IT must be something in the water.
Scottish National Heritage has reported its first sightings of basking sharks off the west coast of Scotland leaping several feet out of the water.
But according to Eleanor Stone, marine officer at the Manx Wildlife Trust, basking sharks have been seen broaching for several years now off the Isle of Man.
She said: ‘Basking sharks do leap fully out of the water here too and it is a spectacular sight.
‘It has been thought that it might be related to courtship behaviour, but no one knows for definite why they do this.’
This year has seen a low number of basking shark sightings reported to the Manx Basking Shark Watch, a Manx Wildlife Trust project.
Only 125 sharks were reported. It compares with 287 in 2011, the all-time high of 835 in 2009, and the average from 2005 to 2011 of 489.
Miss Stone said: ‘The beginning and end of the season, in late May and early August, were both quite good for sightings, but the incredibly unsettled weather is probably the cause of the lack of sightings in between.
‘The sharks were most likely here all summer, as usual, but the lack of calm periods meant the water was continually mixed and the sharks would not have been at the surface where we can spot them.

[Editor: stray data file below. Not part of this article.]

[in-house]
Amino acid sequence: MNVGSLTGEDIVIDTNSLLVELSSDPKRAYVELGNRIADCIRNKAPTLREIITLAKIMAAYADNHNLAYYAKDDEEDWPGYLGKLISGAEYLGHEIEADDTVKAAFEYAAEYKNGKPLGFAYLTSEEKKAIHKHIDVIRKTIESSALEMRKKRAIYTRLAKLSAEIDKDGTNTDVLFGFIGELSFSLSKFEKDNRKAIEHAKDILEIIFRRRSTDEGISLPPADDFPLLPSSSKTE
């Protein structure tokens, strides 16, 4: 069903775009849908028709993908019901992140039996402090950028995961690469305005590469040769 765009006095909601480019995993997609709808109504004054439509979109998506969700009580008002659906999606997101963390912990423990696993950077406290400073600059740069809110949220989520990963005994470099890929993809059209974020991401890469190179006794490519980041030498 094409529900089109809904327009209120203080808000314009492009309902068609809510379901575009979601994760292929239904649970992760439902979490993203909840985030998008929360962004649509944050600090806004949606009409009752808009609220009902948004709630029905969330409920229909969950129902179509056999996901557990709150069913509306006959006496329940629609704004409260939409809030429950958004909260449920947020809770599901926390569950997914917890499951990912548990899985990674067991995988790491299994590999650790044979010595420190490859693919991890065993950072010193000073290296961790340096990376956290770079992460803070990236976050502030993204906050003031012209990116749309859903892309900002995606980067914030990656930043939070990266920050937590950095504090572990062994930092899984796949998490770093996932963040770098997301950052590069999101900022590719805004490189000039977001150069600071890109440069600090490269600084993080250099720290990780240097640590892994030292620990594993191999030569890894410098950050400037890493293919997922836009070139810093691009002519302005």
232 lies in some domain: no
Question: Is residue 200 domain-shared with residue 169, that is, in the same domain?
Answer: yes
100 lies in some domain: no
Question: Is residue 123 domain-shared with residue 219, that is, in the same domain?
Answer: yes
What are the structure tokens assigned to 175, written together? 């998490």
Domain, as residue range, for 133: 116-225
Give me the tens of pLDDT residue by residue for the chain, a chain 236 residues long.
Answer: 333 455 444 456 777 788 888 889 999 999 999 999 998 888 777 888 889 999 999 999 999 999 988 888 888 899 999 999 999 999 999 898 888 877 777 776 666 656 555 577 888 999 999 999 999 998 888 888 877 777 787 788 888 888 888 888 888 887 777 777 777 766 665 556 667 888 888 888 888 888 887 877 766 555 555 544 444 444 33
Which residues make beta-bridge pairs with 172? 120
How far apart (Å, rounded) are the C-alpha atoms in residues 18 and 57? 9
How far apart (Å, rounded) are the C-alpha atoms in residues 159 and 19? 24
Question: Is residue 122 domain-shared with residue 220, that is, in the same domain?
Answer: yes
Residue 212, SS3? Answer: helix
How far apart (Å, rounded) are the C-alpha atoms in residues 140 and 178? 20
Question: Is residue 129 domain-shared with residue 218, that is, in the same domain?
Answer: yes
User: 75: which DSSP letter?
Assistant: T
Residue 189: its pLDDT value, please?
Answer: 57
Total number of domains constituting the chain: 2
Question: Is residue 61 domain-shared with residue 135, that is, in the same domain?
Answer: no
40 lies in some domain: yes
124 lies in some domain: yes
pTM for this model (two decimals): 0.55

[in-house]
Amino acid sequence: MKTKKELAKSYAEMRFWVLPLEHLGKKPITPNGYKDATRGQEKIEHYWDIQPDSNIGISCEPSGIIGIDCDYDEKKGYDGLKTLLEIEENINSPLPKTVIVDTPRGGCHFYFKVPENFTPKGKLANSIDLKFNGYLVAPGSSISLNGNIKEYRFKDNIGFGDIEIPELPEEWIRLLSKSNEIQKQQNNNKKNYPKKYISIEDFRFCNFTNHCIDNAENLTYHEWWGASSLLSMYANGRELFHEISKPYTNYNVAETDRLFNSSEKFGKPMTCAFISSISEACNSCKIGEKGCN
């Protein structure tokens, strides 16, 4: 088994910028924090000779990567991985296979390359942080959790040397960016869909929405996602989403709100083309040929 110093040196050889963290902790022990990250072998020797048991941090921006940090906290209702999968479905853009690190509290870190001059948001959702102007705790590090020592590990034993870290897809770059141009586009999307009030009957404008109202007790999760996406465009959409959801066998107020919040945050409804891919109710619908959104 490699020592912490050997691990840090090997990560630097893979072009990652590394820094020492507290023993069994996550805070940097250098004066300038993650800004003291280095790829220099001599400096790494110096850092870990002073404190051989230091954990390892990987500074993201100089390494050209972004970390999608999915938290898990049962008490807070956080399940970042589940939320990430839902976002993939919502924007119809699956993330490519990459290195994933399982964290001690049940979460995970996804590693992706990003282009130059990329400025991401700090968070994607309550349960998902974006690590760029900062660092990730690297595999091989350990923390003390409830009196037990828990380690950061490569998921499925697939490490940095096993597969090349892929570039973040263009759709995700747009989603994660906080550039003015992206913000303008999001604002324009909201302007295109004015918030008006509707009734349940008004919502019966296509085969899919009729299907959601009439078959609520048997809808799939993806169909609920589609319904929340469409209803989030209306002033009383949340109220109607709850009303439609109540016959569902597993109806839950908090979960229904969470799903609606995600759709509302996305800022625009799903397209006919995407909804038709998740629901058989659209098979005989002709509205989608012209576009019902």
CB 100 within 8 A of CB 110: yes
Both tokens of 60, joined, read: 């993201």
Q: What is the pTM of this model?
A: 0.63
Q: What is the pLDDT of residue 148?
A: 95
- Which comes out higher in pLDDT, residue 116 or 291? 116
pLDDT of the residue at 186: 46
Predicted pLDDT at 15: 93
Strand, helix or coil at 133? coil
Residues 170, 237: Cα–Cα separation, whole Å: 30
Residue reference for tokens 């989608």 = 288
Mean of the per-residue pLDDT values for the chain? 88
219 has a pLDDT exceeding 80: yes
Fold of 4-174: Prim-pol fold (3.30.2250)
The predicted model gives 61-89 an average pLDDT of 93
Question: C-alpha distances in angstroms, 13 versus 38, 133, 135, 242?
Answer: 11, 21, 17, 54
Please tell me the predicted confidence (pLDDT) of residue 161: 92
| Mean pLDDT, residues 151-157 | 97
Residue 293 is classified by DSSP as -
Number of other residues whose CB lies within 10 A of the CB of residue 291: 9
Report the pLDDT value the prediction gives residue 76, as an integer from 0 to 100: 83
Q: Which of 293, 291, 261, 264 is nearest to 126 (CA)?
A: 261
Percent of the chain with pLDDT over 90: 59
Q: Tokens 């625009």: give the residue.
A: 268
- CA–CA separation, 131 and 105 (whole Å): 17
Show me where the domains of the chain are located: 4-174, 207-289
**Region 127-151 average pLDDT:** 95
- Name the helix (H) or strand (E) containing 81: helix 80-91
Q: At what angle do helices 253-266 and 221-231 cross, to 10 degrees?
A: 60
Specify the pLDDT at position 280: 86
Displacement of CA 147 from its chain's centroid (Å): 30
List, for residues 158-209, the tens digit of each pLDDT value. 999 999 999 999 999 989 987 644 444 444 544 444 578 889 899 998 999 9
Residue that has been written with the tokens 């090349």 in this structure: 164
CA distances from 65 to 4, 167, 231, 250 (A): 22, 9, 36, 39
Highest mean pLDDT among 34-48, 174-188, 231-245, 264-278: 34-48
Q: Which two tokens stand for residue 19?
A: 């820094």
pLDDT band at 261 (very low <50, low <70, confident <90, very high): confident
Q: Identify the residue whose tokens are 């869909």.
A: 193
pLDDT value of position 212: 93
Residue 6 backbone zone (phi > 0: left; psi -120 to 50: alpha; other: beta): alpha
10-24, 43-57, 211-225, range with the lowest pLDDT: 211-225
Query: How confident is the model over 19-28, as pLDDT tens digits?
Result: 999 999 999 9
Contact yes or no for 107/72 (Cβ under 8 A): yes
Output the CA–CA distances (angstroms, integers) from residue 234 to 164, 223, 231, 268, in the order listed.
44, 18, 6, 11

‘Nevertheless, the Manx Basking Shark Watch project managed to deploy three satellite tags and collect about 38 more genetic samples in the limited time available.’
In fact, the season started early this year with a major sighting at the end of April.
Three or four sharks were seen by a trawlerman half a mile from shore in Castletown Bay on April 24.
Divers also reported thick plankton – which is what the basking sharks eat – meaning that they too would be present.
Manx Basking Shark Watch runs a tagging project, enabling them to be tracked.
The project, which aims to gather data on basking sharks’ movements has so far uncovered important and previously unknown behavioural patterns that have helped shed new light onto the lives of the world’s second largest fish species.
When the data collected was studied it was found that of 18 basking sharks that were tagged, 17 of them stayed within Manx waters and the Irish and Celtic seas year round, indicating the presence of a local ‘shoal’.
But the 18th shark, an eight-metre long mature female, swam all the way across the Atlantic to the coast of Canada.
Researchers believe this suggests that sexually mature basking sharks are potentially global travellers.
For information about the Manx Basking Shark Watch visit www.manxbaskingsharkwatch.com
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Weather for Isle of Man
Saturday 25 May 2013
Temperature: 7 C to 13 C
Wind Speed: 12 mph
Wind direction: South
Temperature: 10 C to 13 C
Wind Speed: 23 mph
Wind direction: South